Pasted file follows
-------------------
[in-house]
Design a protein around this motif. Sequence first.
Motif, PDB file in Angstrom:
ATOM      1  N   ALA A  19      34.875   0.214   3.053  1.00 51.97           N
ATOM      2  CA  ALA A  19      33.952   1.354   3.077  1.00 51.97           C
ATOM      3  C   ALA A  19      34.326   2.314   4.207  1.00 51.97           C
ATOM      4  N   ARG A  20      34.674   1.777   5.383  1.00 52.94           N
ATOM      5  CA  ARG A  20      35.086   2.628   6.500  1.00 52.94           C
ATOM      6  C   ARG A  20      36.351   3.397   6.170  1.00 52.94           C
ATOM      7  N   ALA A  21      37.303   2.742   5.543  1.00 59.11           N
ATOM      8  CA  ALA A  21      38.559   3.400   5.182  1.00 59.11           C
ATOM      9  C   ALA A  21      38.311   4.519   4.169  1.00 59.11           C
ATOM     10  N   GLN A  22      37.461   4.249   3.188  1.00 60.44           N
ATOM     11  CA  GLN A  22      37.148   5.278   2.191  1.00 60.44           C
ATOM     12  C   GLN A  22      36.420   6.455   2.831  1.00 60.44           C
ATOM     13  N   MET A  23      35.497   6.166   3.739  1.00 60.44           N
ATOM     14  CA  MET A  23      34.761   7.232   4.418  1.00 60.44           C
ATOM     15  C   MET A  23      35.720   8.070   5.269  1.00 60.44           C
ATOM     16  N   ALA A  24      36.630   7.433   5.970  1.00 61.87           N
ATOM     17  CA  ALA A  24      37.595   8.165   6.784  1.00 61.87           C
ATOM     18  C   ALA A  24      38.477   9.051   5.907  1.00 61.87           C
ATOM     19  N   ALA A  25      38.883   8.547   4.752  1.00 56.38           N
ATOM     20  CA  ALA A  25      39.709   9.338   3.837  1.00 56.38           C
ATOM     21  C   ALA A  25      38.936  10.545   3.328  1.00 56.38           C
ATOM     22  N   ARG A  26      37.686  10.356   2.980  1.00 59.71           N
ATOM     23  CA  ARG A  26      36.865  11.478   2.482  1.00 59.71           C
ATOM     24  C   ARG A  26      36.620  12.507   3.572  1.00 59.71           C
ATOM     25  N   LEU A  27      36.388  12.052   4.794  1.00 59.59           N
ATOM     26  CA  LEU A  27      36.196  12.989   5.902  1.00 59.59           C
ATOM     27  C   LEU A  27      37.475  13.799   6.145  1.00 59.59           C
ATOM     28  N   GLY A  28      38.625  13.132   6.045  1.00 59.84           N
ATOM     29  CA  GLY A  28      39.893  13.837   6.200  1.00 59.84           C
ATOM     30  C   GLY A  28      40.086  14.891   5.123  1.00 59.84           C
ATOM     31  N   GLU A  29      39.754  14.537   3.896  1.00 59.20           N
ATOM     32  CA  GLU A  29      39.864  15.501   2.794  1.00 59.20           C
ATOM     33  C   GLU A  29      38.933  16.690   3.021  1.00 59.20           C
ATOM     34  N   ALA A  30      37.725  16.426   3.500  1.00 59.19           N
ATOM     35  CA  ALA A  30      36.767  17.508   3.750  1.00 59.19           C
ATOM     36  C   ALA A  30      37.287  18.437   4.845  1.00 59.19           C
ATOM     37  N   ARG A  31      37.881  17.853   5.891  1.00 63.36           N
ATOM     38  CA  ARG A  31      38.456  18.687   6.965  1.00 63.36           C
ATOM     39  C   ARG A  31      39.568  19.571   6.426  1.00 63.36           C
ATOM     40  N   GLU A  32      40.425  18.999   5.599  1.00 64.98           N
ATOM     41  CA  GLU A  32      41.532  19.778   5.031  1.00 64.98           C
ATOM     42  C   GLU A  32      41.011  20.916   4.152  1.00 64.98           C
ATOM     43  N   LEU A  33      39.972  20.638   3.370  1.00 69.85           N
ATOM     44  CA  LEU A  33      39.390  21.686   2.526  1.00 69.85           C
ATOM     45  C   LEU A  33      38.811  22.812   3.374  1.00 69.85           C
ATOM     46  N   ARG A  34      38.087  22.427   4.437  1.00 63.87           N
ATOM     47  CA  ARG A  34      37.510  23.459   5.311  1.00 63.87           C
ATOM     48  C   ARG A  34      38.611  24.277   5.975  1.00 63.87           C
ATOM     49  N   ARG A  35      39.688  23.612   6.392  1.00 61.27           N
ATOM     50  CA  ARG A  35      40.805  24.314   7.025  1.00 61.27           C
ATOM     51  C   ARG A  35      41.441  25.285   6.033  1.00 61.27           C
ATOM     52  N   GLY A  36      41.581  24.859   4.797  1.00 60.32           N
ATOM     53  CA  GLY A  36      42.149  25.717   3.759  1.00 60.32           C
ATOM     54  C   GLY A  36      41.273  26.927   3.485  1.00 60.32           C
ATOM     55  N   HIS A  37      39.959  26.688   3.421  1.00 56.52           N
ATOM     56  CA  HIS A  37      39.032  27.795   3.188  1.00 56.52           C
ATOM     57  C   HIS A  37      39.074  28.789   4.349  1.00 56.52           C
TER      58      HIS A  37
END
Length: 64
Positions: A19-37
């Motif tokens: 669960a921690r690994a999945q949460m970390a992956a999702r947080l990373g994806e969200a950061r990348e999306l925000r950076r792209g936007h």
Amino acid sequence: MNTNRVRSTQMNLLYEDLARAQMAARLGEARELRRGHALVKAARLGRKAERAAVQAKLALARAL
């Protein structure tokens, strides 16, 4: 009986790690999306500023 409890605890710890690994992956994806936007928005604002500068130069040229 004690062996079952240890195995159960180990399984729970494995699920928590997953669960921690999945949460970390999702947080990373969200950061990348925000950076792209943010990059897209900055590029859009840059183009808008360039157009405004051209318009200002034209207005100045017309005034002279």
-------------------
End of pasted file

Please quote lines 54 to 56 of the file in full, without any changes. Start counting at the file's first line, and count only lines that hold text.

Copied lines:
ATOM     51  C   ARG A  35      41.441  25.285   6.033  1.00 61.27           C
ATOM     52  N   GLY A  36      41.581  24.859   4.797  1.00 60.32           N
ATOM     53  CA  GLY A  36      42.149  25.717   3.759  1.00 60.32           C